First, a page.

Magnetic nanotherapeutics for dysregulated synaptic plasticity during neuroAIDS and drug abuse
Date of this Version
The human immunodeficiency virus (HIV) is a neurotropic virus. It induces neurotoxicity and subsequent brain pathologies in different brain cells. Addiction to recreational drugs remarkably affects the initiation of HIV infections and expedites the progression of acquired immunodeficiency syndrome (AIDS) associated neuropathogenesis. Symptoms of HIV-associated neurocognitive disorders (HAND) are noticed in many AIDS patients. At least 50æ% of HIV diagnosed cases show one or other kind of neuropathological signs or symptoms during different stages of disease progression. In the same line, mild to severe neurological alterations are seen in at least 80æ% autopsies of AIDS patients. Neurological illnesses weaken the connections between neurons causing significant altercations in synaptic plasticity. Synaptic plasticity alterations during HIV infection and recreational drug abuse are mediated by complex cellular phenomena involving changes in gene expression and subsequent loss of dendritic and spine morphology and physiology. New treatment strategies with ability to deliver drugs across blood-brain barrier (BBB) are being intensively investigated. In this context, magnetic nanoparticles (MNPs) based nanoformulations have shown significant potential for target specificity, drug delivery, drug release, and bioavailability of desired amount of drugs in non-invasive brain targeting. MNPs-based potential therapies to promote neuronal plasticity during HIV infection and recreational drug abuse are being developed.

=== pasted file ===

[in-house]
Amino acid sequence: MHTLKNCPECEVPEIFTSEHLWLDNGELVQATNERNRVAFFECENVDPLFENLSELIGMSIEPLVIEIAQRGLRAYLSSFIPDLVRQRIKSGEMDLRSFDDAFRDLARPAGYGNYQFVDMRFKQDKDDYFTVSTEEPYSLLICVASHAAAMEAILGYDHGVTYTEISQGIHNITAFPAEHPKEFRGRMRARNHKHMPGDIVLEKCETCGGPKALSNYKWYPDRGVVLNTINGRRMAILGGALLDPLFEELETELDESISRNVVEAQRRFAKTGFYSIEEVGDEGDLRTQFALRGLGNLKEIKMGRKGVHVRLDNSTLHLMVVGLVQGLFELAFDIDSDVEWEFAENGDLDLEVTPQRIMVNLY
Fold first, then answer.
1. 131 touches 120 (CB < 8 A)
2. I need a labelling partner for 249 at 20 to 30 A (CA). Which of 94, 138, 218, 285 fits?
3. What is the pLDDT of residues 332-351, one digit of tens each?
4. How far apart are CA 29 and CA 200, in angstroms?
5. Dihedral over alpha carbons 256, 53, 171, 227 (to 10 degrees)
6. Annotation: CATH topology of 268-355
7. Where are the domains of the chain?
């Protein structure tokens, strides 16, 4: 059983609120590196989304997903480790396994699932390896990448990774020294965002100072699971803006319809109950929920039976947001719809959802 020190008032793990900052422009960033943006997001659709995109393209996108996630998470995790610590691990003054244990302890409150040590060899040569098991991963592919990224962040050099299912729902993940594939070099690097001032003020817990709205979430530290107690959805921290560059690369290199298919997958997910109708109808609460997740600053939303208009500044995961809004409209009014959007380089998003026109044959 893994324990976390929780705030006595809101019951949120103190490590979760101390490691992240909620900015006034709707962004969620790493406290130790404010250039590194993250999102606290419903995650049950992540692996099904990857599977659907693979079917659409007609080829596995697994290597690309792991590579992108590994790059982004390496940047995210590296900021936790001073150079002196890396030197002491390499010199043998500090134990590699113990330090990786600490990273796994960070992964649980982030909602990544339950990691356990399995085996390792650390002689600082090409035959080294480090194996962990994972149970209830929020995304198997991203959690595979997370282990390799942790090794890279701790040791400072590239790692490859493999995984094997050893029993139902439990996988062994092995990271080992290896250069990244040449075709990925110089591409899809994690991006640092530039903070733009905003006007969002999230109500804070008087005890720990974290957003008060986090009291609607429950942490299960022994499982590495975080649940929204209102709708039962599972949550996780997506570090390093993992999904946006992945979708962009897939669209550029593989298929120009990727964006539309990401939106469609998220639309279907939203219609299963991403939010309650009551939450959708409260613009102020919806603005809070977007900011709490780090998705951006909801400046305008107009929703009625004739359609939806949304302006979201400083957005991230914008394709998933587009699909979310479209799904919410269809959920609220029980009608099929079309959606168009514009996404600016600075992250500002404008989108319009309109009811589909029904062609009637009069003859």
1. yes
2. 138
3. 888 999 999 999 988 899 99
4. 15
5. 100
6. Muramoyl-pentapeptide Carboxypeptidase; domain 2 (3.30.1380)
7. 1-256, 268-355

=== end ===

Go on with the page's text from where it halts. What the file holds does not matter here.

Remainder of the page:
Originally Published In
Sagar, Vidya; Atluri, Venkata Subba Rao; Pilakka-Kanthikeel, Sudheesh; and Nair, Madhavan, "Magnetic nanotherapeutics for dysregulated synaptic plasticity during neuroAIDS and drug abuse" (2016). All Faculty. 125.
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